The present invention provides for sending an envelope and replying to an envelope. A transmitter is configured to send an envelope. A receiver is coupled to the transmitter, wherein the receiver is configured to receive the envelope and generate a reply envelope. A send buffer is coupled to the transmitter. A receive buffer is coupled to the receiver. A retry timer is coupled to the transmitter, wherein the retry timer is configured to reset upon the receipt of a reply envelope correlated to the transmit envelope. The transmitter is configured to retransmit an envelope if the transmitter does not receive a corresponding reply envelope within a selected time period as determined by the retry timer.

BRIEF DESCRIPTION OF THE DRAWINGS

For a more complete understanding of the present invention, and the advantages thereof, reference is now made to the following Detailed Description taken in conjunction with the accompanying drawings, in which:

FIG. 1 schematically depicts a system in which envelopes are transferred from a transmitter to a receiver;

FIG. 2 illustrates a flow diagram of envelopes from a transmitter to a receiver;

FIGS. 3A and 3B illustrate the bit sequence of a the physical layer groups of an envelope;

FIG. 4 illustrates one form of a PLG command in a synchronous system;

FIG. 5A illustrates one form of a an “A” type data group;

FIGS. 5B1 and 5B2 illustrates one form of a “B” type data group;

FIG. 6A illustrates a first environment for employment with envelopes;

FIG. 6B illustrates a second environment for employment with envelopes; and

FIG. 7 illustrates a method for sending envelopes.

DETAILED DESCRIPTION

In the following discussion, numerous specific details are set forth to provide a thorough understanding of the present invention. However, those skilled in the art will appreciate that the present invention may be practiced without such specific details. In other instances, well-known elements have been illustrated in schematic or block diagram form in order not to obscure the present invention in unnecessary detail. Additionally, for the most part, details concerning network communications, electro-magnetic signaling techniques, and the like, have been omitted inasmuch as such details are not considered necessary to obtain a complete understanding of the present invention, and are considered to be within the understanding of persons of ordinary skill in the relevant art.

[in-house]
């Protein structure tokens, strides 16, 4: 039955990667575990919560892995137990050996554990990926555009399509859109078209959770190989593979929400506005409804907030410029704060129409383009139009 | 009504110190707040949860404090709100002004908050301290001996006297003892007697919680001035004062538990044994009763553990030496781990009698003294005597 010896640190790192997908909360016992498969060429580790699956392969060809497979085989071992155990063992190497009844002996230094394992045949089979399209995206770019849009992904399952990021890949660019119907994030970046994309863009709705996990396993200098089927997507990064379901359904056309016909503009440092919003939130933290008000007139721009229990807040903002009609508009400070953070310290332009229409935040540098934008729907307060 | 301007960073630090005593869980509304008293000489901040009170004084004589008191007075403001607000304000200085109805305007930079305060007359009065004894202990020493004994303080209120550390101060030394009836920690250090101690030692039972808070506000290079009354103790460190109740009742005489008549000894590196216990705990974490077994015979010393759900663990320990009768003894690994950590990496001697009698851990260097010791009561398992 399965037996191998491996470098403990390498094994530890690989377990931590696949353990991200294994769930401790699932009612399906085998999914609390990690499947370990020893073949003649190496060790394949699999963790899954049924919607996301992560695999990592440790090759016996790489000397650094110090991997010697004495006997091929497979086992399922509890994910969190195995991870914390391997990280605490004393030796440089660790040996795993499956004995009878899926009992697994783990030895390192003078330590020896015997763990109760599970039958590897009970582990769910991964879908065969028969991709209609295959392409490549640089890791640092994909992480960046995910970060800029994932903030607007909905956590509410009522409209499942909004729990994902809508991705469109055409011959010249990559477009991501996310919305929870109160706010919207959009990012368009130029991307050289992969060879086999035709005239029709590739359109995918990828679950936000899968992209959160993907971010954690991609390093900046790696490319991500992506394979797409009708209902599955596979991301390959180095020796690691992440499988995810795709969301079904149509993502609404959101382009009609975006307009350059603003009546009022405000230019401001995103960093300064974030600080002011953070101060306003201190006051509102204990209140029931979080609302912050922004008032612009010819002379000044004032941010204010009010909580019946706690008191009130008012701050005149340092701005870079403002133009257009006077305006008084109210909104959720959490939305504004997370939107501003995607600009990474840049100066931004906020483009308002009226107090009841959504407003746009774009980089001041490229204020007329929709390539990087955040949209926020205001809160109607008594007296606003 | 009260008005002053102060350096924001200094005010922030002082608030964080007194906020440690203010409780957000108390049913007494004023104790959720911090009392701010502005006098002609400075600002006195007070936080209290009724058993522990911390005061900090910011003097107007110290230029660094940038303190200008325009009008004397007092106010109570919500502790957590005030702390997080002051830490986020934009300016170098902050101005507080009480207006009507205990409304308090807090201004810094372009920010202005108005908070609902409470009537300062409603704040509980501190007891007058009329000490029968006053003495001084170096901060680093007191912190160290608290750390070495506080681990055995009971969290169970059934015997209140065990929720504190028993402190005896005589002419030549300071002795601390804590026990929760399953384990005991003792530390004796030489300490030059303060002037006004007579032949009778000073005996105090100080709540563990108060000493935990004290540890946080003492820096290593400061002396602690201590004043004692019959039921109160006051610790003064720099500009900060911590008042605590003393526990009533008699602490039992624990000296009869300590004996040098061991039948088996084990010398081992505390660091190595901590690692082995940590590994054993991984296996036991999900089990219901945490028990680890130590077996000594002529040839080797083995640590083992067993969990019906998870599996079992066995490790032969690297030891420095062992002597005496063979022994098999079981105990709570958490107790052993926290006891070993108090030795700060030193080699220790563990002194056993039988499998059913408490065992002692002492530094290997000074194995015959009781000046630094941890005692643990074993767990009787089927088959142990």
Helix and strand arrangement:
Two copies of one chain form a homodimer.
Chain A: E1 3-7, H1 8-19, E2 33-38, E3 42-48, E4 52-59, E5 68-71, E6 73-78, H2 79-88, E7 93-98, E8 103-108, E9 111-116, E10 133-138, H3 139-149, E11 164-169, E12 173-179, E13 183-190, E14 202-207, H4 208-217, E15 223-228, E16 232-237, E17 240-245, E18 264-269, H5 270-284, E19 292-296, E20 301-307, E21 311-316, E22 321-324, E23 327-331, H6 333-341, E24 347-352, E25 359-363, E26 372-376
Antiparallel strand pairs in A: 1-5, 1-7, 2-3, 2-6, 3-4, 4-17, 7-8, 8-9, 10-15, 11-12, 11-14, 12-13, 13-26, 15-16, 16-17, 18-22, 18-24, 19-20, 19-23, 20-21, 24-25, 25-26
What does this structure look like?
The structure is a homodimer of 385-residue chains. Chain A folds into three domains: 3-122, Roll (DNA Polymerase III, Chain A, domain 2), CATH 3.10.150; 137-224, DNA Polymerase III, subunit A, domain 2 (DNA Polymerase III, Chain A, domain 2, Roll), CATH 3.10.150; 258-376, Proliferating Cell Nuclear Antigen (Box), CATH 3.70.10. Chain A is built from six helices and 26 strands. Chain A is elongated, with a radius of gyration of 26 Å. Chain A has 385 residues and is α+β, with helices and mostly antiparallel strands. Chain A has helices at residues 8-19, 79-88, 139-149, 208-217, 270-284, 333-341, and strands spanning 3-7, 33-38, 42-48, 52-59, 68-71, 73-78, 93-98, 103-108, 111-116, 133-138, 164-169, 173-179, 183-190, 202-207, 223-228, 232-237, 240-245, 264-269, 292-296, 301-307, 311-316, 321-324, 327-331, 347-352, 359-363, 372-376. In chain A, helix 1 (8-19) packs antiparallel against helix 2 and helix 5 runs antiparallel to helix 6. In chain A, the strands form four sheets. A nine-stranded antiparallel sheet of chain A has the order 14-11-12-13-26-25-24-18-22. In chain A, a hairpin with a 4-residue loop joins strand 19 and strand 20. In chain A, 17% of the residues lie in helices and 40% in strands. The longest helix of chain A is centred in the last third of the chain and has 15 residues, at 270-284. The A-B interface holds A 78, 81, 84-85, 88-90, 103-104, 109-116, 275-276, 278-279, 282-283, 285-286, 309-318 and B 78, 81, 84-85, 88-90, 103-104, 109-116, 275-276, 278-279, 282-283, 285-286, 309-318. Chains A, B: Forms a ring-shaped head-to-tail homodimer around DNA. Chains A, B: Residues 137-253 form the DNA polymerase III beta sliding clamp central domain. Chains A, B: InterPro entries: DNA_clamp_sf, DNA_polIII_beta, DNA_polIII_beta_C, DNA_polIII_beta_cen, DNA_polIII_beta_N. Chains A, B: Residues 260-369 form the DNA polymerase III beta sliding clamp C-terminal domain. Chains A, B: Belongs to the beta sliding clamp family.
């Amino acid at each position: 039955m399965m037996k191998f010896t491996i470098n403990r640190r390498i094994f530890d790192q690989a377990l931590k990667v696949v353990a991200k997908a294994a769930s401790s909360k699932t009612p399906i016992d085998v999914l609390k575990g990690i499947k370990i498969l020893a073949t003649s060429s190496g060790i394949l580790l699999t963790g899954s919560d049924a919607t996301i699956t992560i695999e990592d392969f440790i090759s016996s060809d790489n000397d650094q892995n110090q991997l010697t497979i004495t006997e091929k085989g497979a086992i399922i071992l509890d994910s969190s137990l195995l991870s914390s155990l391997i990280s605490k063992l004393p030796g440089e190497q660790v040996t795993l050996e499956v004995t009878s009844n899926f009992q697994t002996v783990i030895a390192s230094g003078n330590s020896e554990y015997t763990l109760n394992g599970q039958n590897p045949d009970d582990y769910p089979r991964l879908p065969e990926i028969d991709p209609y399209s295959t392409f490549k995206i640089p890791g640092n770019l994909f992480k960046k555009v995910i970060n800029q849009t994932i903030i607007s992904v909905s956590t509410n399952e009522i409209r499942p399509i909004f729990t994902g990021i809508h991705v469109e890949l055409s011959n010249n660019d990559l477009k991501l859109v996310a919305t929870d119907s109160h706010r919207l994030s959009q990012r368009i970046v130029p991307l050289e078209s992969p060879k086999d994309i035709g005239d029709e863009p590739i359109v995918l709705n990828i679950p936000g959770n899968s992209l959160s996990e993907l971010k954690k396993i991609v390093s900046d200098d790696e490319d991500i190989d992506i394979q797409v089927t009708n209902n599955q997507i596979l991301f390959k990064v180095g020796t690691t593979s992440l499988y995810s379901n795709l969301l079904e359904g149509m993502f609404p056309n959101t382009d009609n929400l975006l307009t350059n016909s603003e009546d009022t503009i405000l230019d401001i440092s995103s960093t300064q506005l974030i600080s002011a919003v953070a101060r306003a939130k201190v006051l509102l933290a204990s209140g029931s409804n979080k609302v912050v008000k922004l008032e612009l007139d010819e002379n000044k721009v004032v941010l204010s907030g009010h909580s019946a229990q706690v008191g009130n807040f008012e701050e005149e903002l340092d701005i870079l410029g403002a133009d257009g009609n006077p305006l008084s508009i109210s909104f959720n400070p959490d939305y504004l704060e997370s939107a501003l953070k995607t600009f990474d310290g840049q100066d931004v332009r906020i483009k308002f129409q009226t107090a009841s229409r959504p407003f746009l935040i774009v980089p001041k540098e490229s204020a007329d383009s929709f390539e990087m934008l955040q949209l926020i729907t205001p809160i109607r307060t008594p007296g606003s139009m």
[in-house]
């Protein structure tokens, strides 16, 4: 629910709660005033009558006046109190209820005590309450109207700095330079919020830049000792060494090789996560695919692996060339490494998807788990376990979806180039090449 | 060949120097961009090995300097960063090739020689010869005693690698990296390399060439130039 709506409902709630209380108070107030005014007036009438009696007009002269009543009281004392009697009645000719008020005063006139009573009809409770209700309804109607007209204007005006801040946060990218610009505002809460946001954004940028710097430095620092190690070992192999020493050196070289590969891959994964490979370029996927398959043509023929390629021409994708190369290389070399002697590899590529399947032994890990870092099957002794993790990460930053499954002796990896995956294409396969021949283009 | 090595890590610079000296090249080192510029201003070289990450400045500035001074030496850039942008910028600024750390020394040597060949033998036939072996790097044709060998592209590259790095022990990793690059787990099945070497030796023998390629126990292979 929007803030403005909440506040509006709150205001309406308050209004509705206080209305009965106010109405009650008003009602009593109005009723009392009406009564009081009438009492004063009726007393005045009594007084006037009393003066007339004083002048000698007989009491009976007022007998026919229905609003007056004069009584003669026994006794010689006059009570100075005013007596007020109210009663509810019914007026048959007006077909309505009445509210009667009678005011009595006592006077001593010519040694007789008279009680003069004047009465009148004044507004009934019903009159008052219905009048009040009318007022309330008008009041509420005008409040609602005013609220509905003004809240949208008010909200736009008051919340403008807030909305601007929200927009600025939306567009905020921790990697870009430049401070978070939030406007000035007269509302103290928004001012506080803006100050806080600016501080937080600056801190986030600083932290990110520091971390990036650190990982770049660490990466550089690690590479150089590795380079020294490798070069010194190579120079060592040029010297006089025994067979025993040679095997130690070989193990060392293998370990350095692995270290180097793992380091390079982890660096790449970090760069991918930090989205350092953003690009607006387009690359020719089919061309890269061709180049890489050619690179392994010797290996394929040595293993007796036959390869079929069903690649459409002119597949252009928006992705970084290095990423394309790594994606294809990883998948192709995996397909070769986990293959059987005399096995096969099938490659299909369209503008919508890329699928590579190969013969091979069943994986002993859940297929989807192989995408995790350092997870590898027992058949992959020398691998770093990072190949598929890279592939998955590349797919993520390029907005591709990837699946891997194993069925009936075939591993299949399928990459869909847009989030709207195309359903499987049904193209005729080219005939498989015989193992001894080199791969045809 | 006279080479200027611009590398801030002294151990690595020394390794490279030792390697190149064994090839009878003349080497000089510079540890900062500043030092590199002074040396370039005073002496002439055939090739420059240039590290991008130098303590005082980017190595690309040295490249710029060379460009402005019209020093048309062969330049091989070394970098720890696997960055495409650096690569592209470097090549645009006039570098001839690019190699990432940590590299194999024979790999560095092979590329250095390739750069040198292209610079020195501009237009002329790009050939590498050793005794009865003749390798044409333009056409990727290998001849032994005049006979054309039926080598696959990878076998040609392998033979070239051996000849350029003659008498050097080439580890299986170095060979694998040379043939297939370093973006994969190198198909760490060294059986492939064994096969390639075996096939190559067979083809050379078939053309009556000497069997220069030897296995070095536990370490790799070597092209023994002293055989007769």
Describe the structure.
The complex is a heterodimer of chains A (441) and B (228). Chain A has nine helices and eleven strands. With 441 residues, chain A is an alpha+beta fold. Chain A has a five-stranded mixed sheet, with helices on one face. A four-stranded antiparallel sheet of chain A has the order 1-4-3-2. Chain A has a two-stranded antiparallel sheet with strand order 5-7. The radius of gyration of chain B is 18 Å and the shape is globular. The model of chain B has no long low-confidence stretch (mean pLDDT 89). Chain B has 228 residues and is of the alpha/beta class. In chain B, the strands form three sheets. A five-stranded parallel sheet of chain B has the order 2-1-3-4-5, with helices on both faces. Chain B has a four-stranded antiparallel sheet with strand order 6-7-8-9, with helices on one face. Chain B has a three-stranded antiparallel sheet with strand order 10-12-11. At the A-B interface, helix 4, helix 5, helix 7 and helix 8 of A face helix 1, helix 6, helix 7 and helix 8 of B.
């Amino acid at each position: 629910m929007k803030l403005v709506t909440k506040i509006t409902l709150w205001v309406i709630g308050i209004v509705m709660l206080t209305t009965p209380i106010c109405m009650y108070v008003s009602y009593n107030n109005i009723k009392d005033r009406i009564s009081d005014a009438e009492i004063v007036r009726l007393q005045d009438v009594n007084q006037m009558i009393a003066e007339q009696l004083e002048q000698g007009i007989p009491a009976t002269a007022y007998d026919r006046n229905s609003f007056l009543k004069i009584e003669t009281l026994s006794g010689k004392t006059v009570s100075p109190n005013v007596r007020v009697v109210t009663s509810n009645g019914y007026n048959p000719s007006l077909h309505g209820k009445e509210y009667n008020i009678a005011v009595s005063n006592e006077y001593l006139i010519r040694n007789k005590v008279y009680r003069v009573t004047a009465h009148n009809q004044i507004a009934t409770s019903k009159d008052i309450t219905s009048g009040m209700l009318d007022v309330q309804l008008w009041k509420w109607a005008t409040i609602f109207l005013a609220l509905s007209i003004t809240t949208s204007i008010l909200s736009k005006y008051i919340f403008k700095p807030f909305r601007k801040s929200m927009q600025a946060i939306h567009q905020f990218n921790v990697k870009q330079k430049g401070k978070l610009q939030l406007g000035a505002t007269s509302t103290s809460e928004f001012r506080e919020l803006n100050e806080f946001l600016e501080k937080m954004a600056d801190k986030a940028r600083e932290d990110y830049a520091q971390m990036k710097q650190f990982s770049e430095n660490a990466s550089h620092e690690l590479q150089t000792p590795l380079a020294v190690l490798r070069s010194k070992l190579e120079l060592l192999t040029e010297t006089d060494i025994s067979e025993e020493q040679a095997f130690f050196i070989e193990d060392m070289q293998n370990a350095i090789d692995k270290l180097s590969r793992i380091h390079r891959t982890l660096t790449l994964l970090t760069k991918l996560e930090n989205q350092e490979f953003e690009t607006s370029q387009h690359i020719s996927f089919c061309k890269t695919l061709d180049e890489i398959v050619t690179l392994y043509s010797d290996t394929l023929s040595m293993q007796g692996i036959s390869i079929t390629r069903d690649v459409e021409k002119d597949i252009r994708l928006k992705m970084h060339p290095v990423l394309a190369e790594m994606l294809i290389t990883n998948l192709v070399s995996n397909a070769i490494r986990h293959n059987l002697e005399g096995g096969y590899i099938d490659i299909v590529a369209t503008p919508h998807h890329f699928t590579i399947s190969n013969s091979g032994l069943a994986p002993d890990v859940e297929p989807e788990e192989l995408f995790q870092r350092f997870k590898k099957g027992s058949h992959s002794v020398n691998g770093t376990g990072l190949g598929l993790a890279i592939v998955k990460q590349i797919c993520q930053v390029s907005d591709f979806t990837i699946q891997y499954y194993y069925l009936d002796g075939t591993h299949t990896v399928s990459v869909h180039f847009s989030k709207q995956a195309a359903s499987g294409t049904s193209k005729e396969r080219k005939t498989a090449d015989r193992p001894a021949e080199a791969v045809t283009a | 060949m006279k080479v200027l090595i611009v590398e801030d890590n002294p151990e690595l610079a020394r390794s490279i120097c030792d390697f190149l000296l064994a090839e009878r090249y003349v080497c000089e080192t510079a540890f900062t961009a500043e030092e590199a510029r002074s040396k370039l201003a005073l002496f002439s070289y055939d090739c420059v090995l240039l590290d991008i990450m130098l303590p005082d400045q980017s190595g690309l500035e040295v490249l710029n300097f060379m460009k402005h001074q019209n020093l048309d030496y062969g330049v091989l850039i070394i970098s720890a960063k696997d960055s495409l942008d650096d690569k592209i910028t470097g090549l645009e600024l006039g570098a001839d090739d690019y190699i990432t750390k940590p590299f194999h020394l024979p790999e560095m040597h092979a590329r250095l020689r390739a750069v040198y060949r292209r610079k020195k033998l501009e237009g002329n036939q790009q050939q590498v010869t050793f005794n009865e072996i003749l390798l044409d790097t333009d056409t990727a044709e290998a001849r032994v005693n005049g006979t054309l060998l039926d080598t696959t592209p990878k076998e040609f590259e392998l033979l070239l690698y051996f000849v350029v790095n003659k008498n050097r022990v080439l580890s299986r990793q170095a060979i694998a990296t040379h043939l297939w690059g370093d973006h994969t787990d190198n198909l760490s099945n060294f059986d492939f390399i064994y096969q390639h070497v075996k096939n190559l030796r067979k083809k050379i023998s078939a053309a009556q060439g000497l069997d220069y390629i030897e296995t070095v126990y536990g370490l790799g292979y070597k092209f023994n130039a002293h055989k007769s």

In the remainder of this description, a processing unit (PU) may be a sole processor of computations in a device. In such a situation, the PU is typically referred to as an MPU (main processing unit). The processing unit may also be one of many processing units that share the computational load according to some methodology or algorithm developed for a given computational device. For the remainder of this description, all references to processors shall use the term MPU whether the MPU is the sole computational element in the device or whether the MPU is sharing the computational element with other MPUs, unless otherwise indicated.

It is further noted that, unless indicated otherwise, all functions described herein may be performed in either hardware or software, or some combination thereof. In a preferred embodiment, however, the functions are performed by a processor, such as a computer or an electronic data processor, in accordance with code, such as computer program code, software, and/or integrated circuits that are coded to perform such functions, unless indicated otherwise.

Turning now to FIG. 1, disclosed is an envelope generation and reception system 100. Generally, the present system 100 decreases the amount of overhead in a data conveyance by decreases on the number of acknowledgements generated. A receiver, such as transceiver B 120, only acknowledges a packet “envelope” when it is properly received by the receiver 120. Generally, an envelope is a packet of information usually containing commands, data, and protocol controls (such as sequence numbers, dataflow credits, and so on). Generally, the term envelope is used to refer to an “envelope packet”, which is typically a collection of information grouped into a known packet size, encapsulated by an error detection mechanism, and associated with a means of guaranteeing delivery between two devices. A CRC is also embedded in the envelope information for ensuring correct delivery of the information over a network.